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Messages - ynotbrusum

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1
Check into the vitality starter using the "Shaken, not Stirred" approach.  I have not used my stir plate since going that route.

2
All Grain Brewing / Re: pale malt difference
« on: June 21, 2018, 06:15:17 PM »
I generally only use Maris Otter in English styles, but I used it once in a blend with US 2 row for a simple lager and it turned out remarkably well.  So, anymore, I don't know whether the boundaries are so clear...at least not with base malt uses. Crystals on the other hand - I don't use them all that much beyond a little Carahell in my German lagers.

3
All Grain Brewing / Re: Acid mashing
« on: June 19, 2018, 02:54:51 PM »
Kind of like a kettle souring, but done in the mash with a big dose of acidulated malt to create a sour mash?  I am not sure how much of the acidity comes through in that process, but if you like the result, I suspect that any style that works with a kettle souring would work with an acid mashing.

As to the raspberries, do you find that the heat at flameout sets the pectin?  Hazy is the craze, so maybe it is not an issue for you.  I would go for it on a few styles, including a soured wheat ale.

4
All Grain Brewing / Re: What to do?
« on: June 19, 2018, 02:47:48 PM »
You could also save some for a competition and try to get some comments and feedback on it.
Mistakes are worth learning from.

Why do you think it’s horrid, what style beer, mash temp, yeast, etc?

True enough.  Our local Sensei who teaches an annual class that culminates in the participant's taking the BJCP tasting exam asks for off flavored beers to use in the exam.  He usually resorts to blending some low scoring competition beers for the off flavor examples.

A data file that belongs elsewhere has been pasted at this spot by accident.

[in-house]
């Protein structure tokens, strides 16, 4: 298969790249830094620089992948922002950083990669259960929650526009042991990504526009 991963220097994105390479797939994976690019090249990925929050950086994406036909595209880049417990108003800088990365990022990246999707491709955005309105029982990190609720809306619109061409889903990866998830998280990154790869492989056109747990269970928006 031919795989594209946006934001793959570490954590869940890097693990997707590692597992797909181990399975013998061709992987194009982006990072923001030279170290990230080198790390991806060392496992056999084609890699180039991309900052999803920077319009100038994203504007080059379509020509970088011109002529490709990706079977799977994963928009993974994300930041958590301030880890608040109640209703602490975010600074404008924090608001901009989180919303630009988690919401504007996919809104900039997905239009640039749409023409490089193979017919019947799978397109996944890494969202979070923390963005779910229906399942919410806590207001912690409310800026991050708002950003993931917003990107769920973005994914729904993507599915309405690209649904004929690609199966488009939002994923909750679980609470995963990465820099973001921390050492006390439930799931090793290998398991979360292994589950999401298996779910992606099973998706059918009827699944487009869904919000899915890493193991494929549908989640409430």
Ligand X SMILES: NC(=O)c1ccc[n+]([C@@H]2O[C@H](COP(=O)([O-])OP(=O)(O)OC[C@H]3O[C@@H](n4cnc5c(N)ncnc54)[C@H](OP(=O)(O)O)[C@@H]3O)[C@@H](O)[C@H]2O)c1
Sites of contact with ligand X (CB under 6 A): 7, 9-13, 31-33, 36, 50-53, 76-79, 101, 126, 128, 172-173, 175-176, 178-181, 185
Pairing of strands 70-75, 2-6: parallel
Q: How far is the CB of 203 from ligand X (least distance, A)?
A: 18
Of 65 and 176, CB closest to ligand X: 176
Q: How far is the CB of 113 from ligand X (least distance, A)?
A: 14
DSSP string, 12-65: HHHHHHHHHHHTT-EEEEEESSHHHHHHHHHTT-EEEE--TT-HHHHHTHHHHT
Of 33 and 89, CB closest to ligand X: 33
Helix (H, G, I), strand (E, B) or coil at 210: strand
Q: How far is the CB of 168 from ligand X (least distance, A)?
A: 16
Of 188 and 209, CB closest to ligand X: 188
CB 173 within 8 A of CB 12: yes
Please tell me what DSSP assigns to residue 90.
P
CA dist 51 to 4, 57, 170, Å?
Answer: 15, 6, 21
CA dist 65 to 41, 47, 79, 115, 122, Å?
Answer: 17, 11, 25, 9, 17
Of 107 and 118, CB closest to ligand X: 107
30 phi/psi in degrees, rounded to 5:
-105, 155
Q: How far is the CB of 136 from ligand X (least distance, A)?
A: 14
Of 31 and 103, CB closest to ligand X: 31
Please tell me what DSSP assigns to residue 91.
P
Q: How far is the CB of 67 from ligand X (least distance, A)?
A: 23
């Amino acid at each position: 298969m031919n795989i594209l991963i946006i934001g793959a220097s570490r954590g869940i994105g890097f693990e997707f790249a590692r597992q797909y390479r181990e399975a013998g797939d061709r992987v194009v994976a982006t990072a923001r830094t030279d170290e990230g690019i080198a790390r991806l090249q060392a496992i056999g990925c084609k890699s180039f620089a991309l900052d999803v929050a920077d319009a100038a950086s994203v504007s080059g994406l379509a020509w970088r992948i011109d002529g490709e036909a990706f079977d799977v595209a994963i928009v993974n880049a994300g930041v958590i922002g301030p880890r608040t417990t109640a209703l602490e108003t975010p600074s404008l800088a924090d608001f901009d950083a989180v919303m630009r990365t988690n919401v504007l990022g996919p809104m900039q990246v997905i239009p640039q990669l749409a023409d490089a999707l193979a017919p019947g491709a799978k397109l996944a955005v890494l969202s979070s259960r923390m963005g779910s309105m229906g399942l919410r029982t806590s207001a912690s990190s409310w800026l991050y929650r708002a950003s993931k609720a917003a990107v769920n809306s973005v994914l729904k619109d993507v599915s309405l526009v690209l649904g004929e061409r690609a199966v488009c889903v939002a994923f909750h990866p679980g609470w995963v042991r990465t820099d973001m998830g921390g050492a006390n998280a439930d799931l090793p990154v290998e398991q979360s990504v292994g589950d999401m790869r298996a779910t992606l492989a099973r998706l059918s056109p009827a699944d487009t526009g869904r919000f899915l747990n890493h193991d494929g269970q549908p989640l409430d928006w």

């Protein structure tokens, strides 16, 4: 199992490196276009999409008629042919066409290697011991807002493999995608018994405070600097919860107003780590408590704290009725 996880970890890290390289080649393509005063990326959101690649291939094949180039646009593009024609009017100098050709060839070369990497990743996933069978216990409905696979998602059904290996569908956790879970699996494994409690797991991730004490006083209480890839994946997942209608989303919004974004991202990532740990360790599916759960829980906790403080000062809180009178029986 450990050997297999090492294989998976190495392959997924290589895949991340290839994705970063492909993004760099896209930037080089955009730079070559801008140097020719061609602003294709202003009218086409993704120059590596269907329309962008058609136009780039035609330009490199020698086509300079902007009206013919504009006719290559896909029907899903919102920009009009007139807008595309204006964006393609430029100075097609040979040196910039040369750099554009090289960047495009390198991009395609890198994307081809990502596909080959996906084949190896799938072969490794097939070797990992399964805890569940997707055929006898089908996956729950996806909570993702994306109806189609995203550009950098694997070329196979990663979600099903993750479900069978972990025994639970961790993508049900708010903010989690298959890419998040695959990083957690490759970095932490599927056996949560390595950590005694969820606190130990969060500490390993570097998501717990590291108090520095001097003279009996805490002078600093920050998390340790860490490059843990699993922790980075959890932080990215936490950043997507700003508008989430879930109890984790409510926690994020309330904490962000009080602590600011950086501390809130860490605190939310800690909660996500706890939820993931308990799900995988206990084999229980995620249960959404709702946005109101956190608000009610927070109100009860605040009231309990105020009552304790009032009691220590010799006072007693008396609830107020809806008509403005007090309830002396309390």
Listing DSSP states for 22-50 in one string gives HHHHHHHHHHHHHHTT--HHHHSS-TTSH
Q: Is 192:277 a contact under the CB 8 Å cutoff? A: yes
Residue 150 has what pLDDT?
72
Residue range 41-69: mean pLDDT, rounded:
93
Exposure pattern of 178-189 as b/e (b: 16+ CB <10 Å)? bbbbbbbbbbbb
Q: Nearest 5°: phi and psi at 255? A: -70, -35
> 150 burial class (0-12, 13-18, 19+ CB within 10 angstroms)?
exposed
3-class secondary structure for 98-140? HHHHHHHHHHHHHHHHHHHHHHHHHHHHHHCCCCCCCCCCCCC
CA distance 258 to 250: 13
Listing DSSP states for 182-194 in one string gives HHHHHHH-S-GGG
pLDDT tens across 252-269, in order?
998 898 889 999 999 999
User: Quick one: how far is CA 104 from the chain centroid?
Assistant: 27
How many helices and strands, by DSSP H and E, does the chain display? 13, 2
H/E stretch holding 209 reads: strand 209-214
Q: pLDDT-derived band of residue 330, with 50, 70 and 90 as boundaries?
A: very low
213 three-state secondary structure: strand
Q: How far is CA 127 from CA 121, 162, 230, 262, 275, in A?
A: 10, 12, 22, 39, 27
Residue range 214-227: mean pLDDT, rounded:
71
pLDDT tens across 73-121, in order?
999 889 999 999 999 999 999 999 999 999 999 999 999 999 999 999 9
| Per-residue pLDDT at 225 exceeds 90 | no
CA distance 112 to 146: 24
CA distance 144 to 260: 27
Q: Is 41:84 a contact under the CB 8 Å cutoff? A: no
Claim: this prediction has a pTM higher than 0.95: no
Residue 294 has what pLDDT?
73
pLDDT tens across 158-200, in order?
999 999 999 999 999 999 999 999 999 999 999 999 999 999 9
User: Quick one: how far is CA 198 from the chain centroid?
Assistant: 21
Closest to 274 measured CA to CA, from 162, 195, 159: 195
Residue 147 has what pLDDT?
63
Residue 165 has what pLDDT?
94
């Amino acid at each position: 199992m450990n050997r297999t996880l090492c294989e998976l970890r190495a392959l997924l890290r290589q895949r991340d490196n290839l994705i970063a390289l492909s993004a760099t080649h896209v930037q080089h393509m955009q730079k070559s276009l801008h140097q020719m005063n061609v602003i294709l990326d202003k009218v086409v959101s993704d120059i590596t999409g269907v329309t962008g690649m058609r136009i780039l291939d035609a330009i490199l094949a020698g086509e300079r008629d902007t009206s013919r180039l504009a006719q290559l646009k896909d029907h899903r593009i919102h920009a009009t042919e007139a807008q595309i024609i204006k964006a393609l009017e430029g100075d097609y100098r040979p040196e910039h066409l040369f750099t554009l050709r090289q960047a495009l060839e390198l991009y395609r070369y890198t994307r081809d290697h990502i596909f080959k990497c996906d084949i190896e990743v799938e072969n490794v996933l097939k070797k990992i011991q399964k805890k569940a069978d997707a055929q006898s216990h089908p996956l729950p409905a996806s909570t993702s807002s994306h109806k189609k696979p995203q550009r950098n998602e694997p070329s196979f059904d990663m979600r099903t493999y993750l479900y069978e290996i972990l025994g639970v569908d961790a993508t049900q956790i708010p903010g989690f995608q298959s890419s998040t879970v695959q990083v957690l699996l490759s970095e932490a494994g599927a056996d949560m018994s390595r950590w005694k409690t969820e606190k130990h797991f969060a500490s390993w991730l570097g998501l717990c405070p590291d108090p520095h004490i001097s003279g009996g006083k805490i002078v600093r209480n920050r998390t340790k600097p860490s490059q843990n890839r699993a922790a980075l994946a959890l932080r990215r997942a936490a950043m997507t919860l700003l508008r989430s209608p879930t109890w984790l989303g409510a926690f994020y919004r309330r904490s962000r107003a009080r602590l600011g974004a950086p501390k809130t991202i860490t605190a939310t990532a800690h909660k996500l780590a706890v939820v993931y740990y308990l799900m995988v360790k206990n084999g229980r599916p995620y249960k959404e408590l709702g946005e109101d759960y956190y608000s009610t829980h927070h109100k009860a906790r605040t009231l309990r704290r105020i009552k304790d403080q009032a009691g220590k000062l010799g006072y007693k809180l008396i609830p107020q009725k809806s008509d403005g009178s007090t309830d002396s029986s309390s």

5
Ingredients / Re: Watermelon beer
« on: June 18, 2018, 11:11:56 AM »
Here’s one with Columbus and Magnum:

http://21st-amendment.com/beers/hell-or-high-watermelon/

Cheers!

6
All Grain Brewing / Re: What to do?
« on: June 18, 2018, 11:07:09 AM »
Use it as the liquid in your smoker pan for smoking meats.

7
Yeast and Fermentation / Re: Vindication for us non-rehydrators
« on: June 17, 2018, 12:31:03 PM »
Yep, mine is buzzing along now in the low 50’s this morning.  I know a guy who is Siebel trained and he has won awards with his lagers over the years - it is his process exactly in terms of temperature.  Start in the 60’s and lower it while it is getting active down into the 50’s.  Of course, taste will be the real test.  Here’s hoping it tastes great.

Cheers!

8
Yeast and Fermentation / Re: Solvent Odor in Fermentation
« on: June 17, 2018, 12:21:38 PM »
Next time clean with a heavy soak, sanitize like crazy and never open the lid to peek and then just hope for the best....

For this one, rack from under the pellicle and see what you have.  Probably not salvageable, but you never know!

9
Yeast and Fermentation / Re: Solvent Odor in Fermentation
« on: June 17, 2018, 01:30:06 AM »
Looks like mold....gotta watch those things.

10
Yeast and Fermentation / Re: Vindication for us non-rehydrators
« on: June 17, 2018, 01:27:07 AM »
I have had success with pitching S-189@ 62F and slowlly moving  it down to 149F.  I can’t get it down to my normal 58 F pitching temp and I would like to be lower on my starting temp, but it has worked great to start high and drop to ferment temps over night...